Court: Mall fur protest not constitutionally protected speech

ST. PAUL (AP) — State constitutional protection of free speech does not extend to the Mall of America simply because public money was used to build the Bloomington mall, the Minnesota Court of Appeals ruled Tuesday.
The pretrial ruling allows misdemeanor trespassing charges to proceed against four animal rights protesters arrested in 1996 outside Macy’s.
The four allegedly stood indoors in the courtyard in front of the department store carrying signs and distributing leaflets directed against the sale of furs. The demonstrators were advised there were public places to protest on the sidewalk outside the mall, but they refused to leave and were arrested.
The outdoor sidewalk alternative was key in the court’s ruling.
“Although no part of this area is immediately adjacent to the Macy’s store, and this alternative provides little opportunity for direct contact with pedestrians, the record does not show that this alternative is so distant or has so many disadvantages that it is not an acceptable alternative channel of communication,” the court said.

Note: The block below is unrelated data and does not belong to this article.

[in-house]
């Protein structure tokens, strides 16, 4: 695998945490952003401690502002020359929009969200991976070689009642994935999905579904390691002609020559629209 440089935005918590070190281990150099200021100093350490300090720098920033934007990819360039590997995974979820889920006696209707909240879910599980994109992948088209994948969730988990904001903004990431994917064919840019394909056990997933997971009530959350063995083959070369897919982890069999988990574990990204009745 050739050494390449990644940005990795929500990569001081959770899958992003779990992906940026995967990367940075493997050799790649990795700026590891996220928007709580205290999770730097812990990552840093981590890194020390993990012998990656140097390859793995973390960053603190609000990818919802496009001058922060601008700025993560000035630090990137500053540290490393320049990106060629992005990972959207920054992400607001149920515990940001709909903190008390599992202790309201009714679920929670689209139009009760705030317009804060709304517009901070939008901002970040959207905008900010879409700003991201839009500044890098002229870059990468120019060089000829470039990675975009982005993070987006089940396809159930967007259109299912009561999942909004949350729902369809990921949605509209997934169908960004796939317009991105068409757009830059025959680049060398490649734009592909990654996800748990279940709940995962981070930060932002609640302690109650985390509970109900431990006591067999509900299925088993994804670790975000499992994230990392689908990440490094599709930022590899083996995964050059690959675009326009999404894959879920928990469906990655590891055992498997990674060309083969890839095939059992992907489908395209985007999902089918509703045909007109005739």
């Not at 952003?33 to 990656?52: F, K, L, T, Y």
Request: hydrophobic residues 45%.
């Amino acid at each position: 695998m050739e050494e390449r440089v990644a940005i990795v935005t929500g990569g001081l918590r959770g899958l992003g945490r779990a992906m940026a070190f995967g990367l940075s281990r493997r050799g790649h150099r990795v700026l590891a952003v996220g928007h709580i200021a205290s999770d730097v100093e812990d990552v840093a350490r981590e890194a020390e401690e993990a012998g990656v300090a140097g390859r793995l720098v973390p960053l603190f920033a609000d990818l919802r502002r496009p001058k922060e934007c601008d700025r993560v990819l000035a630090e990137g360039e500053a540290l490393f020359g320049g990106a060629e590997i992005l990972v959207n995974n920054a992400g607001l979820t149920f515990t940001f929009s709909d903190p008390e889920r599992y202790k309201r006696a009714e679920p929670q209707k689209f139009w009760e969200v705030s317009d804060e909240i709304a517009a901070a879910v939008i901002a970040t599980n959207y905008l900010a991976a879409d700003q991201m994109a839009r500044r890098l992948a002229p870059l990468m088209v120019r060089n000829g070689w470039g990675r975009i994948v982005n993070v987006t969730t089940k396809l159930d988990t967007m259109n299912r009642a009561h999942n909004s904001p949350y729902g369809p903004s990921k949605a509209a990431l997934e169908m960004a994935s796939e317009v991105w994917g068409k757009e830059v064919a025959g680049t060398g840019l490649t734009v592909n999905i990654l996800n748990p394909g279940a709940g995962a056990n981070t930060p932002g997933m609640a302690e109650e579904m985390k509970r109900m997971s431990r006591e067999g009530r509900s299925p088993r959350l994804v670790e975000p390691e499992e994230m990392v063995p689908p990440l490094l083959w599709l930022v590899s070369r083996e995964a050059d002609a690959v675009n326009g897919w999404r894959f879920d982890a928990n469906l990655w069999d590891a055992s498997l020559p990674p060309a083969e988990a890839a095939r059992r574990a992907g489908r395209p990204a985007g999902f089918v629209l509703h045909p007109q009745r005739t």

The protesters had moved to dismiss the charges, contending the trespassing law was unconstitutionally applied to them.
Tuesday’s ruling reverses a ruling by Hennepin County Circuit Court Judge Jack Nordby. He refused last July to dismiss the charges, determining that because public funding was used in its construction, the mall was not private in any real sense.
“This is a major victory for the Mall of America,” said John Wheeler, the mall’s vice president. “This ruling will allow us to continue providing our guests with a safe and enjoyable shopping and entertainment experience.”
The city of Bloomington had argued along with the mall that there was no constitutional right to protest inside shopping malls.
Larry Leventhal, the attorney for the four defendants, said they likely would appeal.
“The right of freedom of speech requires that people should be able to speak to one another where they’re gathering, and overwhelmingly now people are gathering in malls,” Leventhal said.
Randall Tigue, a lawyer with the Minnesota Civil Liberties Union, said the group would file a brief on the defendants’ behalf if they appealed.
“(The opinion) didn’t address the circumstances that make the Mall of America subject to constitutional protection. It is not merely the question of governmental funding. It’s the question of whether the Mall of America is in essence functioning as a town square,” he said.